Articles: Sustainability

05/2012

Every action starts with an idea. That’s why, for the seventh annual green issue, the University Business editorial team decided to share some great ideas that have resulted in changes in the way campuses think about food, water, energy consumption, and solar energy.

Move over LEED, there’s a new certification in town. It’s not just buildings getting a green stamp of approval these days—events are, too.

Sometimes the way to improved efficiency lies in a spreadsheet. Sometimes it lies in a piece of software.

And sometimes it lies in a restroom.

SPSU

Advancement officials at Southern Polytechnic State University (Ga.) had both practical and aspirational reasons to reconsider how it ran its faculty/staff annual giving campaign.

The second year of the ongoing Models of Efficiency program continues to demonstrate that campus departments can be innovative and inspired when it comes to finding ways to provide superior service and maximize resources.

Harvard University has long been known to take the lead in research, public administration, and business and law studies, so why not sustainability?

In higher education, sustainability and green design have moved beyond buzzwords to become real practice. Programs such as the U.S.

Albert Einstein had this to say about problem-solving: "You can never solve a problem on the same level on which it was created." In other words, the solution lies at a higher level. That is certainly the truth for many efforts in higher education, where overcoming administrative challenges?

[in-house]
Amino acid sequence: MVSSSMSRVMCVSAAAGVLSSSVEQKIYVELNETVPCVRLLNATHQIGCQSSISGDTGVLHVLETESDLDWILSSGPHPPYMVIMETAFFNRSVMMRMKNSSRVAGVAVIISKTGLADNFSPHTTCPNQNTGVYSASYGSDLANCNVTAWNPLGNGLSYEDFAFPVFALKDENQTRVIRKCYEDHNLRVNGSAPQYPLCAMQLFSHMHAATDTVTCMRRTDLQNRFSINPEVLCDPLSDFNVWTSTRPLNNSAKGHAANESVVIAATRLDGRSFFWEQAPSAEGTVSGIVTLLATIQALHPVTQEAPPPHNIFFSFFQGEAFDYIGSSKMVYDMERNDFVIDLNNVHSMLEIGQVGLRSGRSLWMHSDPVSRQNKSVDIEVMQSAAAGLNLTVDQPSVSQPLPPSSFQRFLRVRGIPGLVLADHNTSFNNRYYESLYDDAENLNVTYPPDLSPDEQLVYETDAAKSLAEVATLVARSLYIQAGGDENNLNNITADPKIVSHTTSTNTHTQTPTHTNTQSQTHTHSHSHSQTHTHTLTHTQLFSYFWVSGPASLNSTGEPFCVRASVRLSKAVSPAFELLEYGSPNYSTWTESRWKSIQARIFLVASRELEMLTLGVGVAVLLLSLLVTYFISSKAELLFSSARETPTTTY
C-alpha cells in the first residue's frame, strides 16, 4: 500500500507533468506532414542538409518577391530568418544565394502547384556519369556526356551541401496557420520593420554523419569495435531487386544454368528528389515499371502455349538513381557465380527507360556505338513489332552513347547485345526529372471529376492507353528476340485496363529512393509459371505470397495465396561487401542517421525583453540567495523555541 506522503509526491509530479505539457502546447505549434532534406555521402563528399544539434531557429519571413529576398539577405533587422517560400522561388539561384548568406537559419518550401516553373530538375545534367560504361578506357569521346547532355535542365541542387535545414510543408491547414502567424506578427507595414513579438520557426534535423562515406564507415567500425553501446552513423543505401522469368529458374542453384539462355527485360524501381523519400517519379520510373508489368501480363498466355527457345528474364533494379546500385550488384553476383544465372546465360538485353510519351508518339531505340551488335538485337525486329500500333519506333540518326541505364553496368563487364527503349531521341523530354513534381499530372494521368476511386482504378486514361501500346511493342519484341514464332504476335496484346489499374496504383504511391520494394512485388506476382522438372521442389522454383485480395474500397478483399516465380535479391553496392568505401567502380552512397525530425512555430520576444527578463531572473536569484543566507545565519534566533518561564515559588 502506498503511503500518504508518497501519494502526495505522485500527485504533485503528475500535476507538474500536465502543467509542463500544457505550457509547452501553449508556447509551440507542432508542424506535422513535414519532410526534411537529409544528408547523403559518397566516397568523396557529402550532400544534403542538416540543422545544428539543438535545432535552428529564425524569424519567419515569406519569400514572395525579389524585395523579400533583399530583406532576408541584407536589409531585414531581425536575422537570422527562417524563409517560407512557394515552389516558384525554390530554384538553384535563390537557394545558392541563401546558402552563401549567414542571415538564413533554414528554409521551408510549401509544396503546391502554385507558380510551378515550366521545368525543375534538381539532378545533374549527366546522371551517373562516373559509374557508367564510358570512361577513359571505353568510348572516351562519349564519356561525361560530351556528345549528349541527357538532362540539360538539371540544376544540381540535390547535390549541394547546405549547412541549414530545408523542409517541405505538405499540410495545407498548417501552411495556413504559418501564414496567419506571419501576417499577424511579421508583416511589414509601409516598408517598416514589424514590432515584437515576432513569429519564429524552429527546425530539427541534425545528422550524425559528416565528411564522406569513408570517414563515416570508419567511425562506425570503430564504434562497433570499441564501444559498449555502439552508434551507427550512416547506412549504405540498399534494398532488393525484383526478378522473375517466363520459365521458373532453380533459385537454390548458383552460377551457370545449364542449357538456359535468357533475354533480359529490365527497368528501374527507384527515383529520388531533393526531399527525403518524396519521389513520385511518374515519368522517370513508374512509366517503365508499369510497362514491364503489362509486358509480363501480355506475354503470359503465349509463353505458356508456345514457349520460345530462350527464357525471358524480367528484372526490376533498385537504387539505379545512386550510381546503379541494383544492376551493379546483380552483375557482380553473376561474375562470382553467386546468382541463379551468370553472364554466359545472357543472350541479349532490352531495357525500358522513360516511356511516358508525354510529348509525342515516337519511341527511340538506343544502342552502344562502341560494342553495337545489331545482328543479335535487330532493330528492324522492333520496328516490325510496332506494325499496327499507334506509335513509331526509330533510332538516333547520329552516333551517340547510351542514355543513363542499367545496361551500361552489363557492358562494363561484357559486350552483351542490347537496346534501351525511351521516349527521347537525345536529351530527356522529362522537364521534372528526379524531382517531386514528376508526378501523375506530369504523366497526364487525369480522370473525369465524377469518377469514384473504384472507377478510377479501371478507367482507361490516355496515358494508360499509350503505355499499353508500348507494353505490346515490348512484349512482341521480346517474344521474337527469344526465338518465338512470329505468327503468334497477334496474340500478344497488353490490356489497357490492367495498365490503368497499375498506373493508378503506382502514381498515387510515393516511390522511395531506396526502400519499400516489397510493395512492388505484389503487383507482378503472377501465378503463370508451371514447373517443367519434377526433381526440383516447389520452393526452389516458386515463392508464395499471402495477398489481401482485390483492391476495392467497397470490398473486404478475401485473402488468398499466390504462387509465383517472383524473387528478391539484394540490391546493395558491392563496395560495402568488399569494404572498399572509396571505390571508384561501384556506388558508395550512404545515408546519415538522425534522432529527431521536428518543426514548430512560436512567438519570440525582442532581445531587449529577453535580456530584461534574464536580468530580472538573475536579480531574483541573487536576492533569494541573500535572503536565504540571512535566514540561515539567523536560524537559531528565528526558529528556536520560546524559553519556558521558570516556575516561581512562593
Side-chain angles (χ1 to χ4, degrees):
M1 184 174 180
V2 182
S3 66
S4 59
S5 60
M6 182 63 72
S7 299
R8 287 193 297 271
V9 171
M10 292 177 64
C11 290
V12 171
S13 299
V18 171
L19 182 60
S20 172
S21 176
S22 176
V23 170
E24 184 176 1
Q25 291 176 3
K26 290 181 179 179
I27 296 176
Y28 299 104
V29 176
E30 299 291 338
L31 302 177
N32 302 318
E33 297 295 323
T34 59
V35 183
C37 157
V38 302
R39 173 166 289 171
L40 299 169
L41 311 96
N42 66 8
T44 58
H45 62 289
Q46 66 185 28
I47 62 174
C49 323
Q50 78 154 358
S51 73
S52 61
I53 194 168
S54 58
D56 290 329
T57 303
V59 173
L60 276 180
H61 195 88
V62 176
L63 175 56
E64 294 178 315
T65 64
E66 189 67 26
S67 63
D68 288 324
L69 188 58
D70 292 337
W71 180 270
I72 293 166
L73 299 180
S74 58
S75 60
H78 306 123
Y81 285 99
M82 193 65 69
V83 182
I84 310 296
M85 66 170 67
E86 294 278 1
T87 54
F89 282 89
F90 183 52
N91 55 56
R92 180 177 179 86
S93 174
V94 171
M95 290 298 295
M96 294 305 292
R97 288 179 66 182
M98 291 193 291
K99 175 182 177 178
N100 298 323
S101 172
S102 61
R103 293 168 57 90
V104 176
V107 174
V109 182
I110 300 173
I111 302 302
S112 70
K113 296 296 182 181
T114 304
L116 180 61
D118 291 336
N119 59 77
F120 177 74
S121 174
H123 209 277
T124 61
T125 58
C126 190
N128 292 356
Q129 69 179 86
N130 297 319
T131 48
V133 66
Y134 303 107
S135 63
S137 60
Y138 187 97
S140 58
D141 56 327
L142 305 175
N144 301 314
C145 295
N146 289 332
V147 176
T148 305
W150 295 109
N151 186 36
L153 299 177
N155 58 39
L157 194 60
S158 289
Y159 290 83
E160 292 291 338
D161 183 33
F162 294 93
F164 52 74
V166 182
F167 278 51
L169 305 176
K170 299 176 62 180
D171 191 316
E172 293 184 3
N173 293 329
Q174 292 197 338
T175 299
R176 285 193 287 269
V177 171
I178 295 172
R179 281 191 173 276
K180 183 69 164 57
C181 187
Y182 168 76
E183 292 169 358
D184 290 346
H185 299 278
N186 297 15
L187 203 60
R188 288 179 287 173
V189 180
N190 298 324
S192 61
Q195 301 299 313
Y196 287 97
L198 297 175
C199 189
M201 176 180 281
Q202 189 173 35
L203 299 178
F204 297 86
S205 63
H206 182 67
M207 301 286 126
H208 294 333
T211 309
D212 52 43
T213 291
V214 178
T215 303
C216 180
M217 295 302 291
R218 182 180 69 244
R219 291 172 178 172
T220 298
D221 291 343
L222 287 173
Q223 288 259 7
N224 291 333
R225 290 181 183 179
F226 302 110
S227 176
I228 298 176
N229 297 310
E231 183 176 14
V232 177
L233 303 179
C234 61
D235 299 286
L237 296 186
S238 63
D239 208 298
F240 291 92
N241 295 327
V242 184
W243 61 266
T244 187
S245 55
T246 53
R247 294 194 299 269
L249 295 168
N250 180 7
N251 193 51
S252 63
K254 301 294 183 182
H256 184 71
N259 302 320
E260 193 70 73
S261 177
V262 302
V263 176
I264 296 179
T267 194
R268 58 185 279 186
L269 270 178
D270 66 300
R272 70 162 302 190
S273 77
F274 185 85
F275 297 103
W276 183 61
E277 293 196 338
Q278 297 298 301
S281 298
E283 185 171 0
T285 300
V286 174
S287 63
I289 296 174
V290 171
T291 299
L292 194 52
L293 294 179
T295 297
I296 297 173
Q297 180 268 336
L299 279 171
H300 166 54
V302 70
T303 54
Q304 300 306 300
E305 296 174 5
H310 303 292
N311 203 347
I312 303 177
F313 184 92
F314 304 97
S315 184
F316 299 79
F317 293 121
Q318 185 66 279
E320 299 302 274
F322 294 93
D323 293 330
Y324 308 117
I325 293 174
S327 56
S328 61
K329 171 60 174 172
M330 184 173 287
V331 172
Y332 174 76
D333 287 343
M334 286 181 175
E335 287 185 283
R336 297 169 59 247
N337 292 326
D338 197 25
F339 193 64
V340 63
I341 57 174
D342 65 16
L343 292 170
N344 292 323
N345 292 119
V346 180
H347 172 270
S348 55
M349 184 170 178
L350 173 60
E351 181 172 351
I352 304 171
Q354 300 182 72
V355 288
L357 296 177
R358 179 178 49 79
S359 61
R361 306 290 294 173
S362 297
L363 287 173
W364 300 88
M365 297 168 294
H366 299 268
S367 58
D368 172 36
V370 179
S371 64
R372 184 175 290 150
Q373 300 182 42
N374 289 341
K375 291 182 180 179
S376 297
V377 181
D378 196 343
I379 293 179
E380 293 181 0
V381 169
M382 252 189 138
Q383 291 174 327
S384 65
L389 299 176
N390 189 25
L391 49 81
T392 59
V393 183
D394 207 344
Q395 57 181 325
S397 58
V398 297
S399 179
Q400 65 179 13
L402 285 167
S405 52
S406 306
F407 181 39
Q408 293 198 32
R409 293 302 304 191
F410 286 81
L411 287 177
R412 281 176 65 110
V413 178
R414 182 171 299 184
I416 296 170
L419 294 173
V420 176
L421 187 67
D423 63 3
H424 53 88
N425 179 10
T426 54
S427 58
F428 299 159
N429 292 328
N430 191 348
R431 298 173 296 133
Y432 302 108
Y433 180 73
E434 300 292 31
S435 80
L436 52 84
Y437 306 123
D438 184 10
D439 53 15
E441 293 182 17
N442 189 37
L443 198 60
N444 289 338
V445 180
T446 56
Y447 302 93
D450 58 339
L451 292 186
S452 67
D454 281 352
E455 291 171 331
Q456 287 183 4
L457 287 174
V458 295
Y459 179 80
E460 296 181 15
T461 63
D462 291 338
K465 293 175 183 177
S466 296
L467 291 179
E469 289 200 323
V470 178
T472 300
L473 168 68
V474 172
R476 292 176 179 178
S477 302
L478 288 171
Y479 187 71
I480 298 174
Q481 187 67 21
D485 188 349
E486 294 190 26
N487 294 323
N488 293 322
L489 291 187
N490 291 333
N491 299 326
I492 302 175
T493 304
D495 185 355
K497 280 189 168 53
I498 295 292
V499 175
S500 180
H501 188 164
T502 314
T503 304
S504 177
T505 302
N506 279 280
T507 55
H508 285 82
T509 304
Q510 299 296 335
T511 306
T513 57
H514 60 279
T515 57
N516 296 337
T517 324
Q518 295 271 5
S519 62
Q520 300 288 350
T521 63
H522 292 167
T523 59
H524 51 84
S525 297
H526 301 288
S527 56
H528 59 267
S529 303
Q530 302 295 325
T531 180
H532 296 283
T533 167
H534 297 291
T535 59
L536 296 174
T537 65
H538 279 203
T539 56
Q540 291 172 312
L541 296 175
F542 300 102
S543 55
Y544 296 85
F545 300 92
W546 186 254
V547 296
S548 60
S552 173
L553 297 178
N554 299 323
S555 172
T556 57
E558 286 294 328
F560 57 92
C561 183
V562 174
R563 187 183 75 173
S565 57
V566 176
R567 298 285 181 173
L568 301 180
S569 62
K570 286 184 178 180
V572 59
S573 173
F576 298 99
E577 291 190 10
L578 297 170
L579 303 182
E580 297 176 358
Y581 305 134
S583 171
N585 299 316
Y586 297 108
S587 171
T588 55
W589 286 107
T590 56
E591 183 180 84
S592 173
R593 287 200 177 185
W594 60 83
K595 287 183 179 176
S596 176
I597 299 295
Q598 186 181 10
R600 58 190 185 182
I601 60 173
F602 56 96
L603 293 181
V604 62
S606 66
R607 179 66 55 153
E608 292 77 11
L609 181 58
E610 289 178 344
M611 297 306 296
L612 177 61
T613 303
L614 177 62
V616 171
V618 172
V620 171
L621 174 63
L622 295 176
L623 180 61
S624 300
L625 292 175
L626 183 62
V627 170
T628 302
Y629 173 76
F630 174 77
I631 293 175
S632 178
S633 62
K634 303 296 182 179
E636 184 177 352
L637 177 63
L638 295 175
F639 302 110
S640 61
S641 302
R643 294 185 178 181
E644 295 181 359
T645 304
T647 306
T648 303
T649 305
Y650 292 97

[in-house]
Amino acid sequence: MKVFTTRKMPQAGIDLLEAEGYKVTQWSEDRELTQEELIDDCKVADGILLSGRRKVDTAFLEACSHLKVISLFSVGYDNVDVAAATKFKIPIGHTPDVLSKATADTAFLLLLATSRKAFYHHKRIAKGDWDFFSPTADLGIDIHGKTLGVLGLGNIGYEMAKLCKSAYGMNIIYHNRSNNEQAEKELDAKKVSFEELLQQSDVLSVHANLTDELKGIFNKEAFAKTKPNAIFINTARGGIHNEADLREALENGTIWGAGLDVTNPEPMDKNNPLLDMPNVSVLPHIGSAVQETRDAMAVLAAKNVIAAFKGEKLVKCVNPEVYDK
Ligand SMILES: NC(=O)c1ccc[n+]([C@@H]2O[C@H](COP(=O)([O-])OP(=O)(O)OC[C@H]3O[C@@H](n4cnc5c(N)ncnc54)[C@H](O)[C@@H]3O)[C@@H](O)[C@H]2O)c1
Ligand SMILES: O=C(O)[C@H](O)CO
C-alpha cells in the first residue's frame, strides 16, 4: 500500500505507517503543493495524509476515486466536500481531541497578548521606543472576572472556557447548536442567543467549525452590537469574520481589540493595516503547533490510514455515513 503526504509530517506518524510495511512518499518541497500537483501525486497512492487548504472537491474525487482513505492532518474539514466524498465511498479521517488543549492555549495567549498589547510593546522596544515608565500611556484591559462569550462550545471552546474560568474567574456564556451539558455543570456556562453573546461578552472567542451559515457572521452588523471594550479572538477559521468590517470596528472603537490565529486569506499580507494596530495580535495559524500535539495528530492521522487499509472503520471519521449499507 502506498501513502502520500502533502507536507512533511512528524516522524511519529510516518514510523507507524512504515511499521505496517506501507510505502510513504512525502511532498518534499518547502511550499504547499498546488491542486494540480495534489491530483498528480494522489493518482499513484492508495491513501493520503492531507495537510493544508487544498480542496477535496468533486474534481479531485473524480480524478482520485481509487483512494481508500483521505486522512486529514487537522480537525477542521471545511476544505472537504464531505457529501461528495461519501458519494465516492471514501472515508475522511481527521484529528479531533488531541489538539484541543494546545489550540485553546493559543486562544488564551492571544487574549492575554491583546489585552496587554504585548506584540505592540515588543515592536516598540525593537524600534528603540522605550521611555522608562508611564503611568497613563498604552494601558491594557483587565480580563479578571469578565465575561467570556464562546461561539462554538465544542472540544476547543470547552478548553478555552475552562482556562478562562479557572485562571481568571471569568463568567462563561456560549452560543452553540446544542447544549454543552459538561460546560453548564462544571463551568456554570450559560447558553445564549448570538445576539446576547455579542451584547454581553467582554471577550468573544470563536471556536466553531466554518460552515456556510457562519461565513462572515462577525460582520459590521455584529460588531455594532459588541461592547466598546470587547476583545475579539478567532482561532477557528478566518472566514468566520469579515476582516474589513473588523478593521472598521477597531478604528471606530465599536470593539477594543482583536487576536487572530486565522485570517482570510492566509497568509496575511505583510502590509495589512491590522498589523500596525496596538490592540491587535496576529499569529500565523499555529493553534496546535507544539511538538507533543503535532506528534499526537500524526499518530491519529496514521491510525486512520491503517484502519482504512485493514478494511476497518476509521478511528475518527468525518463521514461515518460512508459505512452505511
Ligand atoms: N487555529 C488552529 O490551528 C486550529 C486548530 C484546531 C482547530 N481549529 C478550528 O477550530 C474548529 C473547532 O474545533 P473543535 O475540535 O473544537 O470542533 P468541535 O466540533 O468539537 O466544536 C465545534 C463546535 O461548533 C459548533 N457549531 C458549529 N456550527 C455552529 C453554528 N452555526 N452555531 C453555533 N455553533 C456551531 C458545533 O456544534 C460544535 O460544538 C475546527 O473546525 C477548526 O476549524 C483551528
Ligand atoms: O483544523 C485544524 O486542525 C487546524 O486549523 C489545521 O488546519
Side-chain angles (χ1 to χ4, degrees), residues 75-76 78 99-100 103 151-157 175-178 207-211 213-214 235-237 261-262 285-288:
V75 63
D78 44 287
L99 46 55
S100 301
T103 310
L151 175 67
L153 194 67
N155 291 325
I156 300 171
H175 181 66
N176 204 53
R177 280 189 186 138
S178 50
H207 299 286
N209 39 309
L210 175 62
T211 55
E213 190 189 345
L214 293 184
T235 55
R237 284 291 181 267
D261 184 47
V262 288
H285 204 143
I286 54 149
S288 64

This issue marks our sixth annual "green guide," looking at sustainability trends and technologies at campuses around the country. Some students even base enrollment decisions on an institution's commitment to the environment.

The Power of Green

For six years each June, University Business editors have been sharing snapshots of sustainability efforts taking place at campuses across the country. As green continues to grow in popularity, institutional efforts and the collective impact of those efforts continue to impress.

Electricity. It turns on the lights, powers the smart boards, and runs the computers that are all vital to a modern campus. Acquiring that electricity can be both an expensive proposition and a key part of an environmental action plan.

It's rare to even hear about a single new campus building these days that wasn't built with sustainability principles in mind. Inevitably, institutional officials are learning not to reinvent the wheel every time a new construction project comes up.

When Zach Waickman was a senior at Loyola University Chicago, he had just completed an internship with a major news network in Chicago and planned to pursue a career within his communication major. But, a course focused on biodiesel completely changed his path.

Programs that allow campus offices to become officially certified green in operations can pack a one-two staff engagement punch.

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